On the other hand, the adopted electoral model had reinforced political clannism, and as professor Tripodi puts it in his book, The Colonial Legacy of Somalia, “The clan’s male population was forced to find a representative party of the clan, and the coincidence between the clan and party became intense.” He further elaborates that “adopting electoral law was intended to fragment SYL supporters and give more opportunities to the pro-Italian parties.” Thus, political clannism was not necessary attribute of the traditional system in Somalia, as anthropologists portrayed, but was deliberately promoted through political institutions by the colonial powers who sought it to facilitate their control over the population. Moreover, the adopted election model, the “first past the post” system, which is based on the district constituencies and a “winner takes all” outcome, was implemented in the election of 1960 and aggravated conflicts at the local level and among sub-clans.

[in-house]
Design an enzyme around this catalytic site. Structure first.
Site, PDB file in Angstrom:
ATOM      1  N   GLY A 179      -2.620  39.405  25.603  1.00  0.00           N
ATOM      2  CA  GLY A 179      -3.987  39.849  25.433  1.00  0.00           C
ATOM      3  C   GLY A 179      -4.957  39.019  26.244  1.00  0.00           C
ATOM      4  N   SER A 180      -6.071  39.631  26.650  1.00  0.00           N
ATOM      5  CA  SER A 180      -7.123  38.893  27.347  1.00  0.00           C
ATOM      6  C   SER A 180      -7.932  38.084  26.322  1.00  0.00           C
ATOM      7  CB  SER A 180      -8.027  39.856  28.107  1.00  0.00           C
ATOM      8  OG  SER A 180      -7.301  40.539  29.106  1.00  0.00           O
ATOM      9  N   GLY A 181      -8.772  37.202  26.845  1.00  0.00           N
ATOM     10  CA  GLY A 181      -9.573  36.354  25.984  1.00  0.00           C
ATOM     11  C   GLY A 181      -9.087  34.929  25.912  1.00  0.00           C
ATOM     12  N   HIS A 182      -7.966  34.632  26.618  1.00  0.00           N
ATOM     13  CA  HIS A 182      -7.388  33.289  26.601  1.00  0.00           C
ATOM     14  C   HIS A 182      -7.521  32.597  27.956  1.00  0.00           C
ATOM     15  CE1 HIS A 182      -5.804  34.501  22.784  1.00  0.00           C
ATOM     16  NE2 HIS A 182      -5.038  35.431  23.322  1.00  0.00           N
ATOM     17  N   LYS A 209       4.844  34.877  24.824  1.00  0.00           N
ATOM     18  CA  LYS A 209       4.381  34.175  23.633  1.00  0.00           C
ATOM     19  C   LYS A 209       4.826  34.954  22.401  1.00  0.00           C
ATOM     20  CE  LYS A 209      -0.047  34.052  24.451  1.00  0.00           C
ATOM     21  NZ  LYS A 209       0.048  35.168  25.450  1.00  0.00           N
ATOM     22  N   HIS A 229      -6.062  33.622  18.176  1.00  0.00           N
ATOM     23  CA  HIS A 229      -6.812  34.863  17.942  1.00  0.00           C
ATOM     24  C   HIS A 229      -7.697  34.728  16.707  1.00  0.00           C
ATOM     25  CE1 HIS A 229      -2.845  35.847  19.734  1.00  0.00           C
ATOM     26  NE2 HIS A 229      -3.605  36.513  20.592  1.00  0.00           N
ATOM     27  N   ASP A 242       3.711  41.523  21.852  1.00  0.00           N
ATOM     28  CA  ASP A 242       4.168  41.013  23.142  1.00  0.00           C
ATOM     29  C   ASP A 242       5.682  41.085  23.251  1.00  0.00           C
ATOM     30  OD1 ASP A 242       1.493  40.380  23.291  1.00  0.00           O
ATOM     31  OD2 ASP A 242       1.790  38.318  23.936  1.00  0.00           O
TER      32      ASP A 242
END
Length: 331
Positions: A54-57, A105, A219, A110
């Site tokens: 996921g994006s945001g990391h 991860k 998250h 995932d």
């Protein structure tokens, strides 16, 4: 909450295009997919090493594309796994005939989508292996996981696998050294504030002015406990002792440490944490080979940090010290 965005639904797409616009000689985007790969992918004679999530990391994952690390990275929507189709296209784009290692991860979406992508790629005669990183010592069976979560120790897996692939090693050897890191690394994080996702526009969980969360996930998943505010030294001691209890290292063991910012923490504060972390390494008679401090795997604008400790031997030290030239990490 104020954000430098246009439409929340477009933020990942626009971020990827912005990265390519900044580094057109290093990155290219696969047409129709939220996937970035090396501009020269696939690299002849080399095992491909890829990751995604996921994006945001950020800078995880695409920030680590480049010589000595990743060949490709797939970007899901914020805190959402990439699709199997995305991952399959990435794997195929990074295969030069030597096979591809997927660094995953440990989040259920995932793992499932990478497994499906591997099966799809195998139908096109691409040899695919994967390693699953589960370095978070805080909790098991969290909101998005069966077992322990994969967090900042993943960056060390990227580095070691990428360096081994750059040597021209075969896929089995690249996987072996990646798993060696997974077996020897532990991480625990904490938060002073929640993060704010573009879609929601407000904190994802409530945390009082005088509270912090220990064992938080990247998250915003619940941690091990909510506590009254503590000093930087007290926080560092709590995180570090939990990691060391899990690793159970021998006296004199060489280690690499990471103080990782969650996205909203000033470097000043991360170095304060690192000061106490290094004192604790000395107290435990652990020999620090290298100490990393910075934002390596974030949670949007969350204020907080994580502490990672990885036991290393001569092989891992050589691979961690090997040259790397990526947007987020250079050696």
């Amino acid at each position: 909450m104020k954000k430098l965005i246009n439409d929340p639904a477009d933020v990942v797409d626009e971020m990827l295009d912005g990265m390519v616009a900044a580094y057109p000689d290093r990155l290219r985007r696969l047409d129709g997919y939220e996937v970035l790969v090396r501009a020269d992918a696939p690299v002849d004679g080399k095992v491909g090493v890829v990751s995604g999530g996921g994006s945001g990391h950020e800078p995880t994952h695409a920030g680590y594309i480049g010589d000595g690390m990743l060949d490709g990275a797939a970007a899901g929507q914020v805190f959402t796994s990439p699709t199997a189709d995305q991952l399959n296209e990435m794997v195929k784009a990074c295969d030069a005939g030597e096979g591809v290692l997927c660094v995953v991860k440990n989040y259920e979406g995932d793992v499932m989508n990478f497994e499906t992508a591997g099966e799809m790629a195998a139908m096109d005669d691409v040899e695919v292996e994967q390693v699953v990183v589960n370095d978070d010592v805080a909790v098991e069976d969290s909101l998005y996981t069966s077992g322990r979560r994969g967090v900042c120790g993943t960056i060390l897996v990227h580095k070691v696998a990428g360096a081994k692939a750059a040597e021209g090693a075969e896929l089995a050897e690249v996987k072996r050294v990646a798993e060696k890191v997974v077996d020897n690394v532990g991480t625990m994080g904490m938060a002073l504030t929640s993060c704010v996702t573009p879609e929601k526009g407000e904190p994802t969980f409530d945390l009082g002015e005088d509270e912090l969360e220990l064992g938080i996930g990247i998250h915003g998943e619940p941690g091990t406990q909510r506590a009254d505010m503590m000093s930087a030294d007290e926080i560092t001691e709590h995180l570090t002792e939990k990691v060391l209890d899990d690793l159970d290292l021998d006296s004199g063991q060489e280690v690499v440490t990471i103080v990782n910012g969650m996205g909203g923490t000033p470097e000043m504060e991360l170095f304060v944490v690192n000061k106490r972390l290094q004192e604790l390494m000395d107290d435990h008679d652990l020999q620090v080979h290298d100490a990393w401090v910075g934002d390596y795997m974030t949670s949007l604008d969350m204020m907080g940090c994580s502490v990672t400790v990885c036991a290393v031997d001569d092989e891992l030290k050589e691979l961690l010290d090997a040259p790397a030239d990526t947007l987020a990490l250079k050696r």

This system was based on majoritarian democracy instead of consensual which suits perfectly in the clan-based Muslim societies. Moreover, this system of voting allows each voter to vote for one candidate choice, and the individual that receives the most votes wins the seat, even if he receives less than a majority of votes. This electoral system promotes clan divide and conflict and ensures that only majority clans in each constituent district can win parliamentary seats. It marginalizes minority sub-clans in each district and women. Also, this electoral system later led to the proliferation of the districts in order to gerrymander electoral constituencies. Furthermore, this system produced members of the parliament who considered themselves to represent only their sub-clans in the district and not the whole population of the district.